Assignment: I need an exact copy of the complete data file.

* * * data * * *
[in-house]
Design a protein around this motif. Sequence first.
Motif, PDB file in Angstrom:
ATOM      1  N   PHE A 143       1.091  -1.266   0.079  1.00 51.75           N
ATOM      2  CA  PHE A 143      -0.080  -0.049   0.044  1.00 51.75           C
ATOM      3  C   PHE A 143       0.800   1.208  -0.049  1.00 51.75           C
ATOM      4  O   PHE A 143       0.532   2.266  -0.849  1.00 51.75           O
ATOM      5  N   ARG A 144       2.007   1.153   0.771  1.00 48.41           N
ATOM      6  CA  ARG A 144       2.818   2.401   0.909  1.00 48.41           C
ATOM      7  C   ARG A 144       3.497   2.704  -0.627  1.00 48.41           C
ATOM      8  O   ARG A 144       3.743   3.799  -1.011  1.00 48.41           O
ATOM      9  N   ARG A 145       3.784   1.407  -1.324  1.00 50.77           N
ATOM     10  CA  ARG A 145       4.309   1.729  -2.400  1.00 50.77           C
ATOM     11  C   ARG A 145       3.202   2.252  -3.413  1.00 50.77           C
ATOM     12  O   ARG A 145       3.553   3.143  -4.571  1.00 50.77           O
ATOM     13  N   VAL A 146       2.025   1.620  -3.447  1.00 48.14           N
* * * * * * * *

[in-house]
Design a protein around this motif. Sequence first.
Motif, PDB file in Angstrom:
ATOM      1  N   PHE A 143       1.091  -1.266   0.079  1.00 51.75           N
ATOM      2  CA  PHE A 143      -0.080  -0.049   0.044  1.00 51.75           C
ATOM      3  C   PHE A 143       0.800   1.208  -0.049  1.00 51.75           C
ATOM      4  O   PHE A 143       0.532   2.266  -0.849  1.00 51.75           O
ATOM      5  N   ARG A 144       2.007   1.153   0.771  1.00 48.41           N
ATOM      6  CA  ARG A 144       2.818   2.401   0.909  1.00 48.41           C
ATOM      7  C   ARG A 144       3.497   2.704  -0.627  1.00 48.41           C
ATOM      8  O   ARG A 144       3.743   3.799  -1.011  1.00 48.41           O
ATOM      9  N   ARG A 145       3.784   1.407  -1.324  1.00 50.77           N
ATOM     10  CA  ARG A 145       4.309   1.729  -2.400  1.00 50.77           C
ATOM     11  C   ARG A 145       3.202   2.252  -3.413  1.00 50.77           C
ATOM     12  O   ARG A 145       3.553   3.143  -4.571  1.00 50.77           O
ATOM     13  N   VAL A 146       2.025   1.620  -3.447  1.00 48.14           N